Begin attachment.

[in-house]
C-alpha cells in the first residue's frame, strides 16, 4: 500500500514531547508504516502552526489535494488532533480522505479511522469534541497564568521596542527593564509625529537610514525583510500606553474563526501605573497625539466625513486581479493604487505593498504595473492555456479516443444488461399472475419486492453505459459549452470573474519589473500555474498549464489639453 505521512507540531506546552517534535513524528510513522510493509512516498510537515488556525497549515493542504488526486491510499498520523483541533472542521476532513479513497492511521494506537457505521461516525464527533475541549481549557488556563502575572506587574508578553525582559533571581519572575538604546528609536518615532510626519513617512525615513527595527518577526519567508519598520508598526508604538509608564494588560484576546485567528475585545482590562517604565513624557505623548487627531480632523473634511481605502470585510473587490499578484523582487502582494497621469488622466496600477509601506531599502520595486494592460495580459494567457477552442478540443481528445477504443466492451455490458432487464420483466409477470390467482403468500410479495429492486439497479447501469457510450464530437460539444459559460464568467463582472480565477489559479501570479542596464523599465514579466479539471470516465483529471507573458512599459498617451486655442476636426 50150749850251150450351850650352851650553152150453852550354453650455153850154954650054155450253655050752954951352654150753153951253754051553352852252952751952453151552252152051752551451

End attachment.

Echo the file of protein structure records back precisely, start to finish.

[in-house]
C-alpha cells in the first residue's frame, strides 16, 4: 500500500514531547508504516502552526489535494488532533480522505479511522469534541497564568521596542527593564509625529537610514525583510500606553474563526501605573497625539466625513486581479493604487505593498504595473492555456479516443444488461399472475419486492453505459459549452470573474519589473500555474498549464489639453 505521512507540531506546552517534535513524528510513522510493509512516498510537515488556525497549515493542504488526486491510499498520523483541533472542521476532513479513497492511521494506537457505521461516525464527533475541549481549557488556563502575572506587574508578553525582559533571581519572575538604546528609536518615532510626519513617512525615513527595527518577526519567508519598520508598526508604538509608564494588560484576546485567528475585545482590562517604565513624557505623548487627531480632523473634511481605502470585510473587490499578484523582487502582494497621469488622466496600477509601506531599502520595486494592460495580459494567457477552442478540443481528445477504443466492451455490458432487464420483466409477470390467482403468500410479495429492486439497479447501469457510450464530437460539444459559460464568467463582472480565477489559479501570479542596464523599465514579466479539471470516465483529471507573458512599459498617451486655442476636426 50150749850251150450351850650352851650553152150453852550354453650455153850154954650054155450253655050752954951352654150753153951253754051553352852252952751952453151552252152051752551451